with producers as a group and be briefed, and we’d have private interviews. There was a room which was apparently soundproof where we’d be able to go to pour our hearts out. Basically, what they wanted was for us to open up and shamelessly talk about our feelings, whether or not we were falling for the mystery man we’d be meeting. Nothing about talking to strangers about your innermost thoughts or emoting for a television audience seemed particularly sincere to me but I could see that it wouldn’t make great TV to have a bunch of women saying things like, “Meh, he’s all right, I suppose. I’d fuck him, but I won’t marry him.”

“The point,” said
Tristan, “is to make the audience root for individual girls. You want people to want you there and to want you to win. It’ll improve your chances in the end. Girls who are good for ratings tend to stick around.”

Improve m
y chances? My chances to get my claws into some man I’d never met who might be as vapid as a sack of rocks? I mean, what kind of a man engages in this sort of thing, anyhow? Of course, I wasn’t one to talk; I was planning to compete against a whole pile of other women, as if we were a herd of wild horses hoping for a chance to hump the stallion.

 

Oh my God. It’s possible that I’ve gone insane, I realized.

 

“But in the end we wouldn’t want you to feel like you’re compromising your ethics or being dishonest, Nikki,” Tristan continued. “You want to appear sincere if you can do that, but not to come out and say, ‘God, I hate this fucking guy and wish he’d die in a fire’ on television.”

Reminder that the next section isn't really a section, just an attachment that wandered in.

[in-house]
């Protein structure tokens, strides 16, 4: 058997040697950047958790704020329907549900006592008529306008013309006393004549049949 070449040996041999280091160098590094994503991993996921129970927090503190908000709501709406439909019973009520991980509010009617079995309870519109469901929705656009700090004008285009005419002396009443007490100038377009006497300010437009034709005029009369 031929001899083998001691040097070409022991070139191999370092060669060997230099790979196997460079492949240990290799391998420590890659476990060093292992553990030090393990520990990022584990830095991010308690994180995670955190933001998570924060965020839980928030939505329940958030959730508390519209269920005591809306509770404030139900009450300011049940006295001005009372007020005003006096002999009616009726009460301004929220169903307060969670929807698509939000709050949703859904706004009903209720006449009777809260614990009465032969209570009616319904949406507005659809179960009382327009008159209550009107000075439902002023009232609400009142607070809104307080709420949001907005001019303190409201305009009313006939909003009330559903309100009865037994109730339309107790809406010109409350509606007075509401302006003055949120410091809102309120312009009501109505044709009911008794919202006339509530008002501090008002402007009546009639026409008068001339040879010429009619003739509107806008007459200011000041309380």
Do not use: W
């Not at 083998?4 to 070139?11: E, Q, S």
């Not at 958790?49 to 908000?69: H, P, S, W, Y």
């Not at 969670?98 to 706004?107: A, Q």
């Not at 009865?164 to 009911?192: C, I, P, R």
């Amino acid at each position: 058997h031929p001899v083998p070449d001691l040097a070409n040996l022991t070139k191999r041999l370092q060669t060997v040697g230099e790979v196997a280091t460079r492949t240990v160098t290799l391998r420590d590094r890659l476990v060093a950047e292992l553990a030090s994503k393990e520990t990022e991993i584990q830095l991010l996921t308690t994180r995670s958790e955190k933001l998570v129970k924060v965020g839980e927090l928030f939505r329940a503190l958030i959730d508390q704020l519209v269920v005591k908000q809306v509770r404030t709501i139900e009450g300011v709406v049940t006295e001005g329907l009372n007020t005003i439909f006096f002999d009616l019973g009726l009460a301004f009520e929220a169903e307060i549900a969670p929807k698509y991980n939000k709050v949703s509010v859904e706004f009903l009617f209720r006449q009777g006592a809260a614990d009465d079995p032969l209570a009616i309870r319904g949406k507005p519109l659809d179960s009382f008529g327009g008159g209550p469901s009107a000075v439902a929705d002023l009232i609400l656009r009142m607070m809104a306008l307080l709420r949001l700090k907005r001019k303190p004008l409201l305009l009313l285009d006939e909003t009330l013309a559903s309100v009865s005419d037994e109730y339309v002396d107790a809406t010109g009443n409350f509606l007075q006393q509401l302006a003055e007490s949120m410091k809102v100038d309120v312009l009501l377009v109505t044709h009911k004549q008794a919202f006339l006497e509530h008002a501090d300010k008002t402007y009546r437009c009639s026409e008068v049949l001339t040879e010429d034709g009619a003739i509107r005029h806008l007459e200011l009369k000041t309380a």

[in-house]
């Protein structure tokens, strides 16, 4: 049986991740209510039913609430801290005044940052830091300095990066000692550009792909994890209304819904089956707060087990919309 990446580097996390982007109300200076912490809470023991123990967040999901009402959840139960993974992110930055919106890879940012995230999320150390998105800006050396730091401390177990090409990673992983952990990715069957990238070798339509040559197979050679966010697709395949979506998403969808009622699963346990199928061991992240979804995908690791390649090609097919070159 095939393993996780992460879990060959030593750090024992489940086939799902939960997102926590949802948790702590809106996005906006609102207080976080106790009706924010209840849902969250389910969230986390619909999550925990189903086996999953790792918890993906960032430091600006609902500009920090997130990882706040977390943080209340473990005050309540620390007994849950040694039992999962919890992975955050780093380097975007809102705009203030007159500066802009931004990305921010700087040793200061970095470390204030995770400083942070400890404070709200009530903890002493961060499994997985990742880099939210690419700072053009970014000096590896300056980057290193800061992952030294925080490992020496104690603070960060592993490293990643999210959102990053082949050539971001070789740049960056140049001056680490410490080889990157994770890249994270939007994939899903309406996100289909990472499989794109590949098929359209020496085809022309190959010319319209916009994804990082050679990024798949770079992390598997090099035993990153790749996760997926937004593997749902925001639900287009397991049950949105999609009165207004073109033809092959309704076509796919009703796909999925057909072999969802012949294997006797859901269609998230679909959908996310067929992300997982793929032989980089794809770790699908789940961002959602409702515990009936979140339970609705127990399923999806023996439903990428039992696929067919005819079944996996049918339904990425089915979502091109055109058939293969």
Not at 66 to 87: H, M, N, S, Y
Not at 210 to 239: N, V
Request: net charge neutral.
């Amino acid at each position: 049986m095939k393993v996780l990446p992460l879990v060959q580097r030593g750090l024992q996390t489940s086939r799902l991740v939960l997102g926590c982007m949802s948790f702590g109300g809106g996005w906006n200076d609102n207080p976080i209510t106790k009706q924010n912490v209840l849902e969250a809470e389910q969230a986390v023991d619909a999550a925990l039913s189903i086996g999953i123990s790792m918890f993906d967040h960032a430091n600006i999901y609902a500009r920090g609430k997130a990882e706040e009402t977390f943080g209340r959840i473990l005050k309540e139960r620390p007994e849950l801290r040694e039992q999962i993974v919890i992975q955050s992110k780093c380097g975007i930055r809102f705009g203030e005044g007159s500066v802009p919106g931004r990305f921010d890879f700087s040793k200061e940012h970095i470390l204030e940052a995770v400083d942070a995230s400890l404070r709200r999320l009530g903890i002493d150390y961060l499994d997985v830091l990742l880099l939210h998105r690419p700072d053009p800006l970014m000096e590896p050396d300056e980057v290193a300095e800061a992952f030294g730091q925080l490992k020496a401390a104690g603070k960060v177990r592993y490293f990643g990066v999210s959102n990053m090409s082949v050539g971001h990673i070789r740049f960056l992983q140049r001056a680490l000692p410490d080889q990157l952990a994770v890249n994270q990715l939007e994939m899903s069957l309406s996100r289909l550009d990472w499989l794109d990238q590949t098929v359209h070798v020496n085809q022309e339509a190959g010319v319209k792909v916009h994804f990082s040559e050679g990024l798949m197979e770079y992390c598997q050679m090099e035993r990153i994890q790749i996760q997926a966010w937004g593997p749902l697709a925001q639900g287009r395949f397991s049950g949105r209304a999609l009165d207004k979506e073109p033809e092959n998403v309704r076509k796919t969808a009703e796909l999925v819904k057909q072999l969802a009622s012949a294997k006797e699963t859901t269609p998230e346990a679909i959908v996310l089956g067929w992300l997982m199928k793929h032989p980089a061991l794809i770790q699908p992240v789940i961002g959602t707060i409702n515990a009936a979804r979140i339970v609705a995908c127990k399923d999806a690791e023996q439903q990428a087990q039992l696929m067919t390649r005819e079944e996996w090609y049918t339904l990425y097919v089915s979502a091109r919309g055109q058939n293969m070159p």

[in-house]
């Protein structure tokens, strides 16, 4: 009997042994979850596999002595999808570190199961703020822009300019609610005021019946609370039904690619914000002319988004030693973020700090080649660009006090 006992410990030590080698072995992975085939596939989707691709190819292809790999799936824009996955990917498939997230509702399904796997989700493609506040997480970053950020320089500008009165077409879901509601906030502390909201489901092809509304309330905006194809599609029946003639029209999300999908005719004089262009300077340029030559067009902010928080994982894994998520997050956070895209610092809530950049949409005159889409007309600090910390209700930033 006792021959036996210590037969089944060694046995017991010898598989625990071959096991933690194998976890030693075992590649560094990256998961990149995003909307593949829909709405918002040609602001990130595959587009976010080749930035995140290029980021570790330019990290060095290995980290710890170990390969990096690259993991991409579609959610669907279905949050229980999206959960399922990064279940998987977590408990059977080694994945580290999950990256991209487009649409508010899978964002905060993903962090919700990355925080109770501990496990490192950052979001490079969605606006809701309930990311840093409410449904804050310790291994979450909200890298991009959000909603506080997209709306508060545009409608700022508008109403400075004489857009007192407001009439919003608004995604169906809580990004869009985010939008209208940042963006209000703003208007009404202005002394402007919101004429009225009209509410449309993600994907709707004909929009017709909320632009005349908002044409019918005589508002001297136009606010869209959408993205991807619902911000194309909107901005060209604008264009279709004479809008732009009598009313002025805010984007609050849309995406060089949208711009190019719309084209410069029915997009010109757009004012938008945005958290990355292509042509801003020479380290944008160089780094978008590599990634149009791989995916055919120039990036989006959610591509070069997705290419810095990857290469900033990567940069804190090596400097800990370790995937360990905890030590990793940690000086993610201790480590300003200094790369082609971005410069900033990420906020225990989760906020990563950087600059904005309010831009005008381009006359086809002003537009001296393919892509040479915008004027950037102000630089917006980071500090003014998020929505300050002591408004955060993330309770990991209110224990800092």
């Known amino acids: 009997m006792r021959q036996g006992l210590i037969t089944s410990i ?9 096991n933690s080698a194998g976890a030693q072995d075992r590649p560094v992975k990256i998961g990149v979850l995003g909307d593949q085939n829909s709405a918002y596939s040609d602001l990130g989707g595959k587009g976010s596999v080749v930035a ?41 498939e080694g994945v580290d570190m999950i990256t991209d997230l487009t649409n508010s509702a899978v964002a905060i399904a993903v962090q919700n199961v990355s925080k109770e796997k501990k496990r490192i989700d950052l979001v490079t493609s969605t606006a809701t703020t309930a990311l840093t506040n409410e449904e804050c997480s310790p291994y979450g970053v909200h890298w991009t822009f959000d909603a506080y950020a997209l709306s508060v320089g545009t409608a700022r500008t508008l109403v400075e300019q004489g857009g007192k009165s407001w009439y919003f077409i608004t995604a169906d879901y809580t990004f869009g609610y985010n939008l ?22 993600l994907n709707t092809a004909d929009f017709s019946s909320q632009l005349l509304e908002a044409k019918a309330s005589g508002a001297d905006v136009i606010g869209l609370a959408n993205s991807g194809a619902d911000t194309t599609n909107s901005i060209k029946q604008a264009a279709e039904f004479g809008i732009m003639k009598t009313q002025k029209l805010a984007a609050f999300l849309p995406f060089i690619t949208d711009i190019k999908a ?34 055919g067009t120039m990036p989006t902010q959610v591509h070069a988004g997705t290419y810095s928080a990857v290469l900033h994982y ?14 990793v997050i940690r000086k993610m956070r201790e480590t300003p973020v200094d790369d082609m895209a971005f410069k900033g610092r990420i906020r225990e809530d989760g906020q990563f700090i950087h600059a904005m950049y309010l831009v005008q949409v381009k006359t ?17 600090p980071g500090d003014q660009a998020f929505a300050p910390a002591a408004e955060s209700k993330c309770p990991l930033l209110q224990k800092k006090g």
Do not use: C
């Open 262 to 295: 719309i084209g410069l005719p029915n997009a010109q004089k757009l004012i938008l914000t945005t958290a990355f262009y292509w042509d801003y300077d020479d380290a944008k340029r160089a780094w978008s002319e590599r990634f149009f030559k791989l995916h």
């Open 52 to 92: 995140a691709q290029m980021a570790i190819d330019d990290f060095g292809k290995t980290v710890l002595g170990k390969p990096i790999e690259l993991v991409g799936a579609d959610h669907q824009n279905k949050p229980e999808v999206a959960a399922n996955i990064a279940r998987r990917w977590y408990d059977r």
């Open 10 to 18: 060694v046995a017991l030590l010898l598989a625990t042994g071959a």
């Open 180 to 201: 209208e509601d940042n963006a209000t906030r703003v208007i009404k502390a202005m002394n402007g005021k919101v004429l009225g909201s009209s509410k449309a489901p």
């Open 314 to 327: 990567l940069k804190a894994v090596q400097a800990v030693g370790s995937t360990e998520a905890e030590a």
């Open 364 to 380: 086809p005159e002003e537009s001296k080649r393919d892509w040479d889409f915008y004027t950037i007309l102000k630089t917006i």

I laughed, surprised at his language. “I’m a little disappointed
if you’re saying that I’m not supposed to swear like a goddamned sailor,” I said. “But I’ll do my fucking best.”

“Good girl,” said
Tristan. The others continued to look overly serious, unamused by my less than ladylike language. And here I would have thought they’d encourage that sort of thing, based on the classless women I was used to seeing on their kind of show. I supposed I should aim to do my mother proud though and be on my best behaviour as Kate had suggested.

It wouldn’t be easy.

“What about things like clothes?” I asked. “Do they provide wardrobe?”

“Yes, you’ll be well looked after that way,” said Susan. “You’ll be measured and have a fitting for the dresses and all of that.
You should pack warm clothes and practical ones, as you’ll all be located in the mountains.”

This was
news. The show was becoming more interesting by the minute.


There’s also a workout room which is never shown on television, but you’ll have the opportunity to exercise on a daily basis.”

BOOK: Winning the Alpha
6.36Mb size Format: txt, pdf, ePub
ads

Other books

Shamrocks and Secrets by Cayce Poponea
The Royal Treatment by Lindsey Leavitt
Los novios búlgaros by Eduardo Mendicutti
Murder on the Caronia by Conrad Allen
Dirty Boy by Kathryn Kelly
The Octagonal Raven by L. E. Modesitt
The Sunlight Slayings by Kevin Emerson
Nineteen Minutes by Jodi Picoult
Let the Devil Sleep by John Verdon